The cow in India is considered to be the Foster-Mother of mankind and s treated as a member of the human family. With a view to getting better and more milk, cows are given concentrates and are developed to give more milk. Additional milk produced by the cow after suckling her calf is used by mankind and is considered to be a natural and humane food. I am a unique example of a man sustained by 3lbs. of cow's milk only with frequent additions of vegetables and fruits. I think I am a challenge to the modern science of dietaries which worries about calories and vitamins. I think I get all of them from cows' milk.
This motherly regard and reverence for the cow in India as Gandhiji remarked, is the unique contribution of Hinduism, based on the principle of the oneness of life, to the evolution of the unity of life.
The younger generation in India was taught to be kind to animals and to refrain from killing or harming any creature. Hence an Indian devoted to his culture believes from his early childhood that killing for food is sinful. To the Western people this conception of sin in killing may not appeal as they are taught to believe that animals have no soul, no mind and no feelings. But this is a mistaken notion. The Hindu religion, including Vedic religion, Buddhism and Jainism is based on the fundamental principle of the evolution of man. It teaches one that life is manifesting in various forms of mineral, vegetable, and animal kingdom, and that all are linked together by a mighty chain of evolution. Wherever there is life there is the manifestation of cosmic mind, the difference being in the degree in the degree of such manifestation. Even the advanced scientists of modern times support this view.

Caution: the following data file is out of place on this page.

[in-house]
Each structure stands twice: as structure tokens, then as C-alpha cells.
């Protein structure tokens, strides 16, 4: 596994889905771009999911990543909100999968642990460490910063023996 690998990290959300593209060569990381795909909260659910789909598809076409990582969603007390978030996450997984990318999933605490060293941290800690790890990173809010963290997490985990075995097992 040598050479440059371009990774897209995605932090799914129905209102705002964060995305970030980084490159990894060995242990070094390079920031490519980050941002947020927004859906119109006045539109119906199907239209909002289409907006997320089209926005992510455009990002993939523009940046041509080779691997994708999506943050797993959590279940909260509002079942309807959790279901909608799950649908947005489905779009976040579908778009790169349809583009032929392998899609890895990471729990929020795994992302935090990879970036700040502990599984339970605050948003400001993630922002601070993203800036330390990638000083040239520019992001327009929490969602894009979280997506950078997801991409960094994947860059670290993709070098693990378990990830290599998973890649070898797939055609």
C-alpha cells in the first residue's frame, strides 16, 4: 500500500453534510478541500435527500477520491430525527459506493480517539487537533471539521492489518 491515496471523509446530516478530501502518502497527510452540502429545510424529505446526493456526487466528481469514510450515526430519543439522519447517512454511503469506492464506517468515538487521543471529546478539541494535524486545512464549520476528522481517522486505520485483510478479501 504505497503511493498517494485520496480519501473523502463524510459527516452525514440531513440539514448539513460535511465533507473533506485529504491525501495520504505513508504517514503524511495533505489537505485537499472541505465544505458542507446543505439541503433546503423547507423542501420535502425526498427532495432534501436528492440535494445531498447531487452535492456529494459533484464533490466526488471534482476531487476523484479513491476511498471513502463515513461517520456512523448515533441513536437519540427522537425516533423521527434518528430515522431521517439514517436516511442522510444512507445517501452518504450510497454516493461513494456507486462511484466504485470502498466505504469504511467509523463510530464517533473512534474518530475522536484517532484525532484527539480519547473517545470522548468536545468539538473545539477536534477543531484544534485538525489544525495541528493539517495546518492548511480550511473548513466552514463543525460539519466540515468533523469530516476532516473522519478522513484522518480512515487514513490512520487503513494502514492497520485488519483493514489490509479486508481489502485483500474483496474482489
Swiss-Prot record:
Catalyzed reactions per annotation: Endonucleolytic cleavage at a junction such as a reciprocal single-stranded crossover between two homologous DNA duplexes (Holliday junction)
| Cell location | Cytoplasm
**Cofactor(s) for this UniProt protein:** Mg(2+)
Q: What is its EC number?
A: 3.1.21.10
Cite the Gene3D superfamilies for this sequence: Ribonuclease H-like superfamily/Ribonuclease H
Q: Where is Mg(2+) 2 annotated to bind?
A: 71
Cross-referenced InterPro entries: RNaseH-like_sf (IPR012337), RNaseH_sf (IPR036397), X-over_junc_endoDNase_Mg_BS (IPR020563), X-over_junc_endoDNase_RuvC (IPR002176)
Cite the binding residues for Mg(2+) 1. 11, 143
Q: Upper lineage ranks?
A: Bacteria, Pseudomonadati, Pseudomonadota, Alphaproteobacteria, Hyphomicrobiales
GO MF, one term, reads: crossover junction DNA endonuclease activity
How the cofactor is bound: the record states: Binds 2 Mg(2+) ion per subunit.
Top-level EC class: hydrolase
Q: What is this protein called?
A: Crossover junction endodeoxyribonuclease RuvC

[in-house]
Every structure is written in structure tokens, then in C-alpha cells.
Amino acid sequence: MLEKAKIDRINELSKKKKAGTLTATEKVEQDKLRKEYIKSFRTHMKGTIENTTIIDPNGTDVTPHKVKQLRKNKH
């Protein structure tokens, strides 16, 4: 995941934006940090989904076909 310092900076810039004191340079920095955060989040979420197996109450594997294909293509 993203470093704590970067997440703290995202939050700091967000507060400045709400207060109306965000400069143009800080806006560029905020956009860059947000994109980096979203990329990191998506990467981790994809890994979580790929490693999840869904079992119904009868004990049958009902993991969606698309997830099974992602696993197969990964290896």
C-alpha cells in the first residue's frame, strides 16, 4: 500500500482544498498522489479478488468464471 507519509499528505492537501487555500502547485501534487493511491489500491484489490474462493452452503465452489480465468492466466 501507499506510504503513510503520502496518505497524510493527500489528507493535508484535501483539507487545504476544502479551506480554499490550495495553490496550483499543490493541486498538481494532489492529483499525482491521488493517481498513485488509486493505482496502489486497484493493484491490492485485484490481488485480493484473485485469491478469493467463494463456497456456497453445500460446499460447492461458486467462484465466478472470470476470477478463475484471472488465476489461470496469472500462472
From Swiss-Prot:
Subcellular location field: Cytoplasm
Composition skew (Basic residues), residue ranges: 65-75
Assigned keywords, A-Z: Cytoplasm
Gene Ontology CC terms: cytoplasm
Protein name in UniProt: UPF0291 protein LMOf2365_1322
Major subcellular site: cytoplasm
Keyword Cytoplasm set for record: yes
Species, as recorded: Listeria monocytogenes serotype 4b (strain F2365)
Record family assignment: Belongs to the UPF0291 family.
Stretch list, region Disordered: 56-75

Vedic religion forbids killing of animals. Buddhism and Jainism have Ahimsa, non-killing, as their basic principle. The Jains in India have greatly popularized this principle and have contributes much for its vindication. It is often argued by the advocates of animal food that in the economy of nature the struggle for existence demands that one animal shall live upon another. This may be true for lower animals, but man, the superior animal, is governed by moral and spiritual laws and has a higher aim of life. Man has to subdue his animal propensities by moral and spiritual laws and has to raise himself to the highest plane of spiritual enlightenment. Many sages and seers in India have attained spiritual enlightenment by abiding by the moral and spiritual laws and remaining non-violent in thought and action, and there are many philosophers and leaders of thought like Mahatma Gandhi, Vinoba Bhave, Dr. Rajendra Prasad, and various religious heads who move on a higher spiritual level with a vegetarian diet. So also there are many brave and courageous races like the Sikhs and others who, though living mainly on a vegetarian diet, are none the less brave.
In spite of such testimony throughout the centuries, nations of the world have gone against the laws of nature and have gone against the laws of nature and have finally produced a world in which no matter how hard they drudge nor how much ingenuity they use, they remain the prey of war, want, disease, ignorance, and early death, the final flavour of this so-called civilization being the constant threat of wholesale annihilation by atom bombs.
Let us, however, remember that God created a world in
which neither want war, nor disease need exist. All these are man-made.
If only mankind lives according to the natural law all these evils would
stop and there would be radiant health, long life and bounty for all
creatures and for man there would be a rich experience of that glorious